ANNETTE: I was just thinking, coming to the hospital or an ED somewhere else, they sometimes don’t believe what you tell them—until Dr Nunn did a summary for me, a medical summary. And the carers can take that in, they give it to the doctor, they read the signature and they see Children’s Hospital logo on the top.
All of a sudden everything changes, they suddenly think, “OK, this could be serious.” Because some of the stuff with Aaron is totally—wouldn’t happen. You know, people think, “Couldn’t possibly.”
MIC CAVAZZINI: Children living with autism often have sensory processing difficulties. The hyper-stimulating commotion of the ED is far from the ideal environment in which to calm them down.
KENNETH NUNN: If you think of what happens in many EDs, it’s a naturally chaotic environment. You’ve got people talking—everyone feels the need to talk to the child if they’re distressed and upset. And you’ve got large numbers of people called to restrain the child, and the child is absolutely terrified. So what we have to do is, we do try and lower the stimulus. We do try, if they come into an ED like ours, to have only one person speaking to them, get everything calm. Because our calmness and the lack of stimulation all help.
MEENA RATTAN: And they function very well to the visual timetable—what is going to happen. So in that, the steps have been broken down into different pictures. So you can identify that: “This is the child.” Say Aaron has come—“So this is Aaron; he is sitting in the emergency department; this is doctor; this is nurse.” And they kind of expect that this is going to follow this. And then you show them the picture of tablets, “This tablet will be brought in by the nurse and they are going to dispense it to you.” So, that actually makes it really helpful for them to understand what is going to be the process involved.
MIC CAVAZZINI: But I guess that sometimes you really do need the child’s cooperation in order to examine them or to get them to take something. Annette, what kind of things can you do to calm Aaron down when he’s really agitated?
ANNETTE: Yes, to de-escalate it’s changing the scene for Aaron. Distraction—I think that’s really important and it takes forever. You know that it’s going to take a long time. It’s like going to be his activity for the day. They leave him alone for a while, they plant that seed and he’ll come out after a while and say, “I’m ready now.” But if you would’ve said, “Get in the car now. You’ve got five minutes to get in the car”—it would not have worked. It would not have. It’s pushing the wrong button.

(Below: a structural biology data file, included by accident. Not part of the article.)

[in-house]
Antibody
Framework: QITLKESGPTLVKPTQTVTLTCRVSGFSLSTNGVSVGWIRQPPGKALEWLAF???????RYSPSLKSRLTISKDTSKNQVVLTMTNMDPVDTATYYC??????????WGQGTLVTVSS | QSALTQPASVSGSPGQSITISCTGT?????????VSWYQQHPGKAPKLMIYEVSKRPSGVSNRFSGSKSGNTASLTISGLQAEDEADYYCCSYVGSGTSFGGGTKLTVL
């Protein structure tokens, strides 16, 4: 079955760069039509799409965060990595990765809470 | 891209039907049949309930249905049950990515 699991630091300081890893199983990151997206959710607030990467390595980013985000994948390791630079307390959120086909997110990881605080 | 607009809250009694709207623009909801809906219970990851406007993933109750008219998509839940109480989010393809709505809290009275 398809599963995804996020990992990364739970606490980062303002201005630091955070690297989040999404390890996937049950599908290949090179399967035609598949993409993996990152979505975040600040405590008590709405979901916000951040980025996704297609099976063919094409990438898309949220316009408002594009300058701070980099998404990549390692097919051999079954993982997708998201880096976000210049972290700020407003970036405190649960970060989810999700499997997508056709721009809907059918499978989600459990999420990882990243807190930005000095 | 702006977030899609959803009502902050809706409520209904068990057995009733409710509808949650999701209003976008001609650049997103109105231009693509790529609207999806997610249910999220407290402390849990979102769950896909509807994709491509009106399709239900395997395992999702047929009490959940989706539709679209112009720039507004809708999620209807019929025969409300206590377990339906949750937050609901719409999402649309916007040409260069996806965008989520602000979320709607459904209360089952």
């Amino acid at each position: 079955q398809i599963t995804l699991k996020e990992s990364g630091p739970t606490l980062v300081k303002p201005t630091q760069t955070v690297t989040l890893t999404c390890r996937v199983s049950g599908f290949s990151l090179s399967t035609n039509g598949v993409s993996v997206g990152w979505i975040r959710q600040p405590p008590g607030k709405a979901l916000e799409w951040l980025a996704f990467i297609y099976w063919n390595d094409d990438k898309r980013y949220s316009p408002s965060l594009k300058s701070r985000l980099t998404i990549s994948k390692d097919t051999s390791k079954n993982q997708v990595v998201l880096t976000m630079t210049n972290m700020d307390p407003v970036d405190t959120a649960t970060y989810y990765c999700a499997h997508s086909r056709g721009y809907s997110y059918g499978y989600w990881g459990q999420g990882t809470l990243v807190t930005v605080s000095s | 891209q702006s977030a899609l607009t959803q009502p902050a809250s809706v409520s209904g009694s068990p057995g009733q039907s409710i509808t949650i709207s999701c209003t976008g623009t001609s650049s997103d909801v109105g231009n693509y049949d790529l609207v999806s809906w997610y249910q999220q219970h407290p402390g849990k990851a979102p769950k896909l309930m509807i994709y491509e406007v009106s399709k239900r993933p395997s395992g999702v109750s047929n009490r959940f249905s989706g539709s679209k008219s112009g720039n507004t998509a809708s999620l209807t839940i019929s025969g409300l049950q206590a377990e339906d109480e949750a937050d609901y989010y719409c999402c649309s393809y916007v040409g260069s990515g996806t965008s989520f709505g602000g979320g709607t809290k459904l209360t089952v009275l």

MEENA RATTAN: If you are anxious and you are scared, these children are very, very sensitive to the non-verbal cues which the physician or the nursing staff are displaying. So the tone of your voice, the eye contact, the reassuring touch—you know, you have to go through these things in a very professional and non-threatening way.
KENNETH NUNN: And one of the things that’s helpful is to point out good things and positive things about them. It might be something about their clothing, it might be some little feature. And people are often surprised when we’re talking with autistic kids in the middle of a crisis, that we’re focusing on some rather petty thing, and saying how good it is. And, of course, it’s fracturing the global catastrophe and creating a little moment of focus on something else that enables some de-escalation to occur.
So those are the first gears of de-escalation, but the background to all is a communication of respect. It has a calming effect. But we also need people to know that there are times when you can be the most skilled person on the planet and you cannot calm the young person, because the threat is a threat that they can’t identify and you can’t identify.
MIC CAVAZZINI: Severely distressed children can be impossible to examine, and even just taking a temperature or measuring blood pressure can increase their anxiety. Meena Rattan says there is some basic information you can glean even without needing to touch the child, and a number of conditions you can look for, that most commonly bring them to the emergency room.
MEENA RATTAN: You can get a lot of useful information just by observing them, without even trying to be intrusive and trying to do the proper physical examination; the way they are talking—so what is the pace, the tone of the voice. Of course in a non-verbal child, a corroborative history from the carer is very helpful, so you can ask them about any immediate event in form of trauma or any past history in term of constipation, or anything like that. Sometimes it could be just medication-related as well. If a new medication has been changed, or it has been increased in dose and the patient gets suddenly agitated. And the patients who were non-verbal and wheelchair bound they sometimes have undetected fractures because they are usually osteopenic, so their bones are already very weak. So just being aware these are the common things which we screen for.